CALIFORNIA CHESS JOURNAL (Vol. 1 No. 13) October 1987
OUT OF THE PAST
IN CALIFORNIA CHESS
By Guthrie McClain
(Editor, The California Chess Reporter, 1951 - 1976)
THIS IS THE FIRST IN A SERIES OF HISTORICAL ARTICLES ABOUT CHESS IN
CALIFORNIA DURING THE PERIOD 1924-1951.
The "Good Old Days" were not quite as good for
Chess as were the games and sports of Bridge, Golf, Tennis, Polo - not to
mention Baseball, Football and Basketball. While Chess was existing as an
exotic game unknown to the general public, other games were enjoying a
"Golden Age" of great popularity and public approval.
The country was agog about the exploits of Bobby Jones,
Walter Hagen and the other golfers; about Big Bill Tilden, Jean Borotra and
Helen Wills on the tennis courts; while Ely Culbertson made the front pages
of the nation's newspapers during the December, 1931, with "The Battle
of the Century" between Culbertson and Sidney S. Lenz. While the nation
was going on a binge about their sports heroes and heroines, Chess more or
less languished in the closet.
There was no interest in the newspapers, except that the
San Francisco Chronicle and the Los Angeles Times carried chess columns on
Sundays. These columns were wonderful for a boy who was starved for any
bits or scraps of information concerning chess... I found out later that the
conductor of the Chronicle column, Ernest J. Clarke, worked for the paper
and did not charge for the column. Stasch Mlotkowski and, later, Harry
Borochow followed by Herman Steiner wrote the Times column - to the best of
my recollection, they were compensated...
There was no USCF, no State organization, and only a few
places to play chess. The best place to play was the Chess Room of The
Mechanics' Institute at 57 Post Street in San Francisco. This chess club
was (and still is) the northern California Mecca of chess players. Open all
day seven days a week, the Mechanics' Institute was home to such giants as
A.J. Fink, Dr. Walter Lovegrove, Charles Woskoff, Prof. G.E.K. Branch, Prof.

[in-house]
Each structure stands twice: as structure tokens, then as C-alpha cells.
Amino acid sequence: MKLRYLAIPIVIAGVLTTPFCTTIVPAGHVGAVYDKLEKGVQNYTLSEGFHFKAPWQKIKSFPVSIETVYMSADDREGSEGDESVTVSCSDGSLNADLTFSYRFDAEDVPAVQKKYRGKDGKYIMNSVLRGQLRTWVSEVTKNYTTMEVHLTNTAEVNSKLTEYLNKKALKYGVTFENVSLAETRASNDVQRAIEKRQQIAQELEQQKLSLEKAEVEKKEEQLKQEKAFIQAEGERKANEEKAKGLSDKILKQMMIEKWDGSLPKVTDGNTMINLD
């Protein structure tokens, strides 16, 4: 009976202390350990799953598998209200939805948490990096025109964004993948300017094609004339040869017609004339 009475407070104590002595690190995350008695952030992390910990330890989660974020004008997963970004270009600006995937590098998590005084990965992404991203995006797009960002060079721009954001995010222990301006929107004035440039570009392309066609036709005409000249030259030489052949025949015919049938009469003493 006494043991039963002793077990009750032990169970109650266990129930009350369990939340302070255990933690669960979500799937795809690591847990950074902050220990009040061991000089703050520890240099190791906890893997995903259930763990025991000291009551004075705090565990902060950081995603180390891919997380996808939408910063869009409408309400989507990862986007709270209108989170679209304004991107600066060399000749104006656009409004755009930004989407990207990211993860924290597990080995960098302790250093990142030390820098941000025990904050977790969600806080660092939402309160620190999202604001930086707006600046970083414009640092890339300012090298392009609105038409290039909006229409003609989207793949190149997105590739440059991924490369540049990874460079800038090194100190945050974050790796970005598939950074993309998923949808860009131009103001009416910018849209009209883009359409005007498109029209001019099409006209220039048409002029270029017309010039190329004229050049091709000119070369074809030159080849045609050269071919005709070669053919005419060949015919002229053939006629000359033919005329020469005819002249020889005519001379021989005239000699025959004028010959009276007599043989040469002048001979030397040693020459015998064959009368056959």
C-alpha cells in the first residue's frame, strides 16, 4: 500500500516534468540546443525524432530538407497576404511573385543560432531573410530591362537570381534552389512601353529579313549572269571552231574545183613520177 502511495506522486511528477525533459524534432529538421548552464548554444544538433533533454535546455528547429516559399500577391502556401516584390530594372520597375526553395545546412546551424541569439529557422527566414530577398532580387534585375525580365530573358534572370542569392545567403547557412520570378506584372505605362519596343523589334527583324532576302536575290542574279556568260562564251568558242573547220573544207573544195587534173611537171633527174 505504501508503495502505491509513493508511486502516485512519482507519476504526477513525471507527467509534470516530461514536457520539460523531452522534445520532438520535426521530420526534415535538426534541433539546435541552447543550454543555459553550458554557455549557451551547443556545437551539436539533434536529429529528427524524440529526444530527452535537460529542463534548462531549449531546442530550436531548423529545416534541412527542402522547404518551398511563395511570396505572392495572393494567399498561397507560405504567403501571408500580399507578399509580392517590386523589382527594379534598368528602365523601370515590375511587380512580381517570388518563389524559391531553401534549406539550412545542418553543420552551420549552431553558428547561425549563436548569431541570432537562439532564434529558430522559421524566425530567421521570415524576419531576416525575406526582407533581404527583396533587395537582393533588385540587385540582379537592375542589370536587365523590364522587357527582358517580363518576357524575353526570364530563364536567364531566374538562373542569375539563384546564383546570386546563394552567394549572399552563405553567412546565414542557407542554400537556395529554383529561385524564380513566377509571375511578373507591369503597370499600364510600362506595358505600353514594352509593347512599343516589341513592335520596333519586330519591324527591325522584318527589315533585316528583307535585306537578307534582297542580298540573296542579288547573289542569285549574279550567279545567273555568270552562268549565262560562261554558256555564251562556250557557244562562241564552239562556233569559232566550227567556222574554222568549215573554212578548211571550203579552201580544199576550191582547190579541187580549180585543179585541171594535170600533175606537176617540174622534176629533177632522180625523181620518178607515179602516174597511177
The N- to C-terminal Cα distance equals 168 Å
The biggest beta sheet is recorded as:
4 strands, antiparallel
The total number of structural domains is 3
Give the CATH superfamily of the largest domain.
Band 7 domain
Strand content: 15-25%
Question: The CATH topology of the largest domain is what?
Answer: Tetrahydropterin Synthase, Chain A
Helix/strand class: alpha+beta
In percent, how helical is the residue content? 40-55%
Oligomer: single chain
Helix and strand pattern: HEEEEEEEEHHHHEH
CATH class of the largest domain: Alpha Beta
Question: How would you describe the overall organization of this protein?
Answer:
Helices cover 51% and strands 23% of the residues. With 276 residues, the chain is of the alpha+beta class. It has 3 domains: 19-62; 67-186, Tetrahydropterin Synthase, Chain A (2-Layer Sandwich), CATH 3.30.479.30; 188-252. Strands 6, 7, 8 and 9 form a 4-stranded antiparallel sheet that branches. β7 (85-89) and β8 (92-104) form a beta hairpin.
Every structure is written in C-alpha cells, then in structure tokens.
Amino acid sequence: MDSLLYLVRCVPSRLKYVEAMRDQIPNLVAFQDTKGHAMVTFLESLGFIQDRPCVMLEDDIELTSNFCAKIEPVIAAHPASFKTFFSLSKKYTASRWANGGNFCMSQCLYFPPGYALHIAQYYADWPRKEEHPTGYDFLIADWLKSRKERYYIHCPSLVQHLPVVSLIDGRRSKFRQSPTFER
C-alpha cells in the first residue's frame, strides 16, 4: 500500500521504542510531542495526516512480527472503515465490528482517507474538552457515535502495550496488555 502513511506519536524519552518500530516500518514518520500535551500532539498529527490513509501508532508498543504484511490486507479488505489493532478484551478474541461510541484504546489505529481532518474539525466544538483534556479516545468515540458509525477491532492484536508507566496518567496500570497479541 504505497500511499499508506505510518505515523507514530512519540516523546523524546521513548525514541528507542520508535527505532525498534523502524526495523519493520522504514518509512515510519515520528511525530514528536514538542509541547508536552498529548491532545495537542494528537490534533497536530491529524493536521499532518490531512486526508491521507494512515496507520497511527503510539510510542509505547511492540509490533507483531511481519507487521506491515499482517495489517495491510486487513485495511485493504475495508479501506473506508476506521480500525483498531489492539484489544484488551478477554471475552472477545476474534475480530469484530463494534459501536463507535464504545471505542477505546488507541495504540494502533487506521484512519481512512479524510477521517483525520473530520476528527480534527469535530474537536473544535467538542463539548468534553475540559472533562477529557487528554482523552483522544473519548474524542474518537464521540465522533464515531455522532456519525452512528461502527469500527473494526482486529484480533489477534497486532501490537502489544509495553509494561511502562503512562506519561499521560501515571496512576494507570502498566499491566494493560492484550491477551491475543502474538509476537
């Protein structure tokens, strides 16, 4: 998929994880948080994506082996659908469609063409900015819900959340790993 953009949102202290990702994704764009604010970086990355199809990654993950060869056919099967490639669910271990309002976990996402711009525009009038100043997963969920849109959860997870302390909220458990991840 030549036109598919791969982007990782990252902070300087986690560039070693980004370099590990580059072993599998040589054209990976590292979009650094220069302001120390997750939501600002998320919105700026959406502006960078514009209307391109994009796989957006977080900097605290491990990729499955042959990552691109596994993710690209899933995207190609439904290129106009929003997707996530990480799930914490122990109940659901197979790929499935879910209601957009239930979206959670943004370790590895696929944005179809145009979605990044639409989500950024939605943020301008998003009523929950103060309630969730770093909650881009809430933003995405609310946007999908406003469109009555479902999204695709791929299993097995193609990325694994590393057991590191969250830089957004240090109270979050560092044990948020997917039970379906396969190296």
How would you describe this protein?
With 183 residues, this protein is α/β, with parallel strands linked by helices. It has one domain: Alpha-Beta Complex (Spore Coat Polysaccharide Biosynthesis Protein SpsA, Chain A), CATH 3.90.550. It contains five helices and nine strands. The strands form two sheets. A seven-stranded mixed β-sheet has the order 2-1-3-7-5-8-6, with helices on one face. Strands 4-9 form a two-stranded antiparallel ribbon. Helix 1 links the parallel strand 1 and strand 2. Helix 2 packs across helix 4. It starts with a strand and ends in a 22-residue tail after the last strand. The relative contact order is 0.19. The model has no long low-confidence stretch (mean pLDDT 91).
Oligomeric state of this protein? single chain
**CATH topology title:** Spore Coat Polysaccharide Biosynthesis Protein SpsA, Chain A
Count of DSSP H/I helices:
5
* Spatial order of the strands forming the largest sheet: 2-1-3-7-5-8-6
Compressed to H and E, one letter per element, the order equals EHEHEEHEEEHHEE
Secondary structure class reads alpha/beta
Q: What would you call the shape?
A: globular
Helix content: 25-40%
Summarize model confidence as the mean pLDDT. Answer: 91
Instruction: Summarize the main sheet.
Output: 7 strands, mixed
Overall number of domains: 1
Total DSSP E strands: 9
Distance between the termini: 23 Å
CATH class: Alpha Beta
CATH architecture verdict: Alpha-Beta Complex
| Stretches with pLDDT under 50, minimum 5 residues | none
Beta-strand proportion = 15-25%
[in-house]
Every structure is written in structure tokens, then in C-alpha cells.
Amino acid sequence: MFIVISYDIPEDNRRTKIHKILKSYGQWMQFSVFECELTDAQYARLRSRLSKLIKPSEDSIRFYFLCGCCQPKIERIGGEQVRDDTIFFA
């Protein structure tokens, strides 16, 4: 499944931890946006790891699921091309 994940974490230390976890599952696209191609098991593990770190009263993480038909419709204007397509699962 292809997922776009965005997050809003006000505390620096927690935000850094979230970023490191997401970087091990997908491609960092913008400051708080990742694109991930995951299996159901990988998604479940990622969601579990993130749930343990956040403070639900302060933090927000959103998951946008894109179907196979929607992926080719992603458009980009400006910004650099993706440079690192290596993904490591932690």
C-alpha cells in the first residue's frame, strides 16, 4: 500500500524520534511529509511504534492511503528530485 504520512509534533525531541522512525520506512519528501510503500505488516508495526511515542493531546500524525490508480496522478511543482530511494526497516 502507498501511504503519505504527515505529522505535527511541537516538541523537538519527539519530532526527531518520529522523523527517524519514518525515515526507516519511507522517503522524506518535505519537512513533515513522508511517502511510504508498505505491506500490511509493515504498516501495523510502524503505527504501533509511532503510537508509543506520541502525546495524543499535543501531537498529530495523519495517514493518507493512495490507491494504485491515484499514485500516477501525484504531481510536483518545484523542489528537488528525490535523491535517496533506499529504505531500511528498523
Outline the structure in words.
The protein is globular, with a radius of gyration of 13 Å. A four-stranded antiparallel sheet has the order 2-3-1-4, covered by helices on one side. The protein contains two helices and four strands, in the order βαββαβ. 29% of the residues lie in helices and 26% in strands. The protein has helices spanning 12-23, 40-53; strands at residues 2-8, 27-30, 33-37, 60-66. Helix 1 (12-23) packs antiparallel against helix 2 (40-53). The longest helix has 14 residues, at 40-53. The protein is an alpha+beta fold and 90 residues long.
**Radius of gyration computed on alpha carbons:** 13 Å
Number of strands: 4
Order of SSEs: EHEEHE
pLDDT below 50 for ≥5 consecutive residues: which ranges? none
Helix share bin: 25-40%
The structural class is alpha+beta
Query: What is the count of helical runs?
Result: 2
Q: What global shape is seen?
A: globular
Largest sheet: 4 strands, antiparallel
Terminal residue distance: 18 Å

A.W. Ryder, Bernardo Smith (Director), A.B. Stamer (subsequently Director),
Carl Bergmann, Henry Gross, Wm. P. Barlow, D.N. Vedensky, H.J. Ralston, the
doctors Henry and Abelson Epsteen and many, many others. Over the years the
Mechanics' has invited the great masters of the game to give exhibitions:
Capablanca, Maroczy, Pillsbury, Fine, Fischer, Euwe, Alekhine, Petrosian,
Spassky, Szabo and Gligoric, to name a few.
My first contact with a grandmaster occurred in 1929 when
World Champion Alexander Alekhine came to San Francisco on the last leg of a
world tour. The "giants" named above turned out in force against
the world's champion; they gave Alekhine a terrible beating. In New York a
week later a reporter asked Alekhine were in the world did he find the
strongest opposition: "In San Francisco," Alekhine replied,
"at a place called the Mechanics' Institute."
I approached the great man over one of the boards at a
moment when Alekhine was waiting. I thrust a copy of my only book on chess,
Frank Marshall's Chess Masterpieces, opened to Alekhine's great game vs.
Yates: "Will you please sign Dr. Alekhine?" He looked at the
binding: "I only sign my own books," he said curtly. My hopes
dashed, I slunk away. I hung around all night, however (I was nineteen and
my parents had given me permission) and some time in the early morning I
walked down to the Ferry Building and caught the first ferry of the day to
Oakland. During the last hours of the simultaneous exhibition I observed how
many of the games seemed to fall apart for the players. Alexander Alekhine
was showing us just why he was the world's greatest player. Through one
beautiful move after another, he was turning "lost games" into
draws and "draws" into wins.
A.J. Fink was the club's problem composer. My earliest
recollections recall the large demonstration board which had a Fink
composition just about everyday; the adjacent blackboard carried the message
in Fink's handwriting: "Mate in 2. Please check." In those days,
cooks were the bane of a problem composer's life. Fink enlisted the entire
club to help find multiple solutions.
Fink was California State Champion in 1922, 1928, 1929 and
co-champion (with Herman Steiner of Los Angeles) in 1945.